The dark side of the Irish Civil War, as seen from the little burg of Wexford, and recalled by an ex-rebel to his daughter and dead wife.
Rather than make guerrilla action against the English overlords seem exciting, Doyle (Dancing with Minnie the Twig, not reviewed) is more interested in the mundane activities of well-meaning but hardly skilled agitators far from the action in Dublin. His protagonist is Jim Rowe, leader of his town’s detachment of Irish Volunteers in the troublesome years immediately following World War I. The novel begins rather like a comedy, with Rowe’s Volunteers training with sticks and trying to follow the directives of their local brigade commander, who dresses the boys down after a ham-handed attempt to steal guns demonstrates their lack of discipline (“Mavericks would be shot—if the necessary bullets could only be found”). But the war itself is deadly serious: The Black and Tans—sociopathic thugs barely masquerading as British soldiers—are roaming the countryside, terrorizing at will. A number of surprisingly (for the Volunteers) well-planned ambushes go awry and reveal the probable location of a traitor. From then on, the novel slides into cold, fatalistic tragedy, shedding any romantic notions about the glory of battle or the purity of armed resistance.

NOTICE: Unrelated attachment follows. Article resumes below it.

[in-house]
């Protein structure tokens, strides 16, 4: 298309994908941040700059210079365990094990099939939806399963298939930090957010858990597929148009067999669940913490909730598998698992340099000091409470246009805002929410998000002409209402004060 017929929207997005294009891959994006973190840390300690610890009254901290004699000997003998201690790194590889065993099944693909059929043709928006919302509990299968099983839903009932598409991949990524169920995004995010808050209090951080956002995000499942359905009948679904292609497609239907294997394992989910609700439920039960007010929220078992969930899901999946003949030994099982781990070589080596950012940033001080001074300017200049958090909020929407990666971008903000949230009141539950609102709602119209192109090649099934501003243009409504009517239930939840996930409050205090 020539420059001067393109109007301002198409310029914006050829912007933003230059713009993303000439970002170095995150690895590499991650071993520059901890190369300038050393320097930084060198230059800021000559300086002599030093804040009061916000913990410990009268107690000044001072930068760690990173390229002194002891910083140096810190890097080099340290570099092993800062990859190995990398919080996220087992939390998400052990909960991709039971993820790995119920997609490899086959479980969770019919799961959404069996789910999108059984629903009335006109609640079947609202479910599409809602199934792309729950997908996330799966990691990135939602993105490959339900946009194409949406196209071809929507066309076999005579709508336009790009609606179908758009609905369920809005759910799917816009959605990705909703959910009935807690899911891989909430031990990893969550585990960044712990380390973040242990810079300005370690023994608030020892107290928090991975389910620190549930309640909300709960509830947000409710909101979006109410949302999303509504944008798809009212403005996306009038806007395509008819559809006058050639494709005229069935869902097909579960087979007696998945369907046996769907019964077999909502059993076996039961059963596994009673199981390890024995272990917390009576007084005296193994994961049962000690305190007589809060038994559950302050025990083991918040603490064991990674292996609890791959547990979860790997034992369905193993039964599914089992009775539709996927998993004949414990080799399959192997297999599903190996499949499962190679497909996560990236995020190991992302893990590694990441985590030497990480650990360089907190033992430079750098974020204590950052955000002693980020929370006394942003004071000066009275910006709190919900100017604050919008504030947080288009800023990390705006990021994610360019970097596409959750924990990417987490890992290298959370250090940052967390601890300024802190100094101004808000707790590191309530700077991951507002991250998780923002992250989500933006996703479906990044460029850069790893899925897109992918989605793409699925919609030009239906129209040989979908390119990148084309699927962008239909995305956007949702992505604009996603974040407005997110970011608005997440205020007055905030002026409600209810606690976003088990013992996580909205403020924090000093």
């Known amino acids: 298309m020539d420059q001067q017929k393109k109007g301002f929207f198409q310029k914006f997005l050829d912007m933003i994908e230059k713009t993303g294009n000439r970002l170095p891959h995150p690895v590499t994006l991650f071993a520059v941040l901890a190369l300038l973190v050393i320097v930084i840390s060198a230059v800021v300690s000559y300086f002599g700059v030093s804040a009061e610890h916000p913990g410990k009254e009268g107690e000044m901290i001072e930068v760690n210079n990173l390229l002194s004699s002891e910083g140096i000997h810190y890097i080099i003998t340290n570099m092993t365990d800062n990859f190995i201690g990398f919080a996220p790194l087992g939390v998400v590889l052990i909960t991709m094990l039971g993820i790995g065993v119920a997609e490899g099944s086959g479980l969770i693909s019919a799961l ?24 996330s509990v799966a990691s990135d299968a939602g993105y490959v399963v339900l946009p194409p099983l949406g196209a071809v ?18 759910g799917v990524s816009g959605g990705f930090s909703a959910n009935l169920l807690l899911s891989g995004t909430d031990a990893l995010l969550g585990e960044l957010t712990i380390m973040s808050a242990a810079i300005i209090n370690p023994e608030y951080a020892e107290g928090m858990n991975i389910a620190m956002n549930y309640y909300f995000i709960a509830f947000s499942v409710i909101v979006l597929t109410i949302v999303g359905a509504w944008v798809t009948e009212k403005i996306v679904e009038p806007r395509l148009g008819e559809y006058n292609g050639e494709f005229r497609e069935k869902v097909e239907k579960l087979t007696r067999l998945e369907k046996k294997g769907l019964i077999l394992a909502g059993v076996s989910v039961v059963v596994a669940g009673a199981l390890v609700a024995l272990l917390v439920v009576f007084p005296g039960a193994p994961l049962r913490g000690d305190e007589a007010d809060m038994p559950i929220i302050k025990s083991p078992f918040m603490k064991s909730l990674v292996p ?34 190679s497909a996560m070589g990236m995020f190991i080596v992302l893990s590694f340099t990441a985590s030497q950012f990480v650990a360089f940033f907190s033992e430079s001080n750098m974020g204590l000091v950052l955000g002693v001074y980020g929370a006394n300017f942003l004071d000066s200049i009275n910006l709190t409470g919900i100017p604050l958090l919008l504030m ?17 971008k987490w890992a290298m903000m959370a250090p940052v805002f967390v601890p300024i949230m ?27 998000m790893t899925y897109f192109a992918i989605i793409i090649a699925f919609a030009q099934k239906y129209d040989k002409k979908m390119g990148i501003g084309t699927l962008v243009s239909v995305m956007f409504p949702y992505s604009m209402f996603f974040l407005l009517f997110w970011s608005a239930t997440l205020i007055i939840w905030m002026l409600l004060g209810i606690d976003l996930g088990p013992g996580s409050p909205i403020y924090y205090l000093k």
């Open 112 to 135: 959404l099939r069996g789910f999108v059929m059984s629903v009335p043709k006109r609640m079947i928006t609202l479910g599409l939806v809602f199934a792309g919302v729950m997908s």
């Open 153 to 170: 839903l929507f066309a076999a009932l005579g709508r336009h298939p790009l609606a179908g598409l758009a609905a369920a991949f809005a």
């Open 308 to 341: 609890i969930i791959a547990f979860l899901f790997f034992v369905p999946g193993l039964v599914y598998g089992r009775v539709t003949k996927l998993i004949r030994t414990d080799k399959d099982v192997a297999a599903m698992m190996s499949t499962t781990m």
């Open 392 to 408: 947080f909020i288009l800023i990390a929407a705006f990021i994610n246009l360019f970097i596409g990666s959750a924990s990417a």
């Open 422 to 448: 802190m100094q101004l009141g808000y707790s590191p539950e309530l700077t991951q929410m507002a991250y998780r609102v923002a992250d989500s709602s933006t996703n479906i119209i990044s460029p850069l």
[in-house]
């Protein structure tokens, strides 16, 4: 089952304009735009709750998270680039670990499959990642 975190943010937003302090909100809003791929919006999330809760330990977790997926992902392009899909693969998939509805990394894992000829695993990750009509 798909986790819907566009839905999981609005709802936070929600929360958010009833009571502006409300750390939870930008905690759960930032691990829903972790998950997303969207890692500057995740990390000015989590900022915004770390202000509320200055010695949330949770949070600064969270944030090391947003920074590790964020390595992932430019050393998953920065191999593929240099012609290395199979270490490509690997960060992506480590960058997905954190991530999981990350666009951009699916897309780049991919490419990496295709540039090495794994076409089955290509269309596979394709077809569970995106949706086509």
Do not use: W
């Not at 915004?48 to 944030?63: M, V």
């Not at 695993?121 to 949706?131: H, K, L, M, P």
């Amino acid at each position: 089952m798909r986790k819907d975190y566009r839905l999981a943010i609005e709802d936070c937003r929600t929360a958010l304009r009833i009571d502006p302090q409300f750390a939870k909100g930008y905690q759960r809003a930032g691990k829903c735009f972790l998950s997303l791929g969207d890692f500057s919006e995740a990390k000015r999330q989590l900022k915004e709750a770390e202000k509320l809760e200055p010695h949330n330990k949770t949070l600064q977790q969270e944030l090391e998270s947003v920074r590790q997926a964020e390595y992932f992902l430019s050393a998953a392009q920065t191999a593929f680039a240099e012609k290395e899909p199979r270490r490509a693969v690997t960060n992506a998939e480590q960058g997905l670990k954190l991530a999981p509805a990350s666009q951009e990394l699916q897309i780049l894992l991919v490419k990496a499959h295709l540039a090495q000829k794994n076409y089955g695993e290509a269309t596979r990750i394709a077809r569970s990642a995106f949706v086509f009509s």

Graceful etchings of ordinary men swept up in the tide of war, trying not to lose their souls along the way.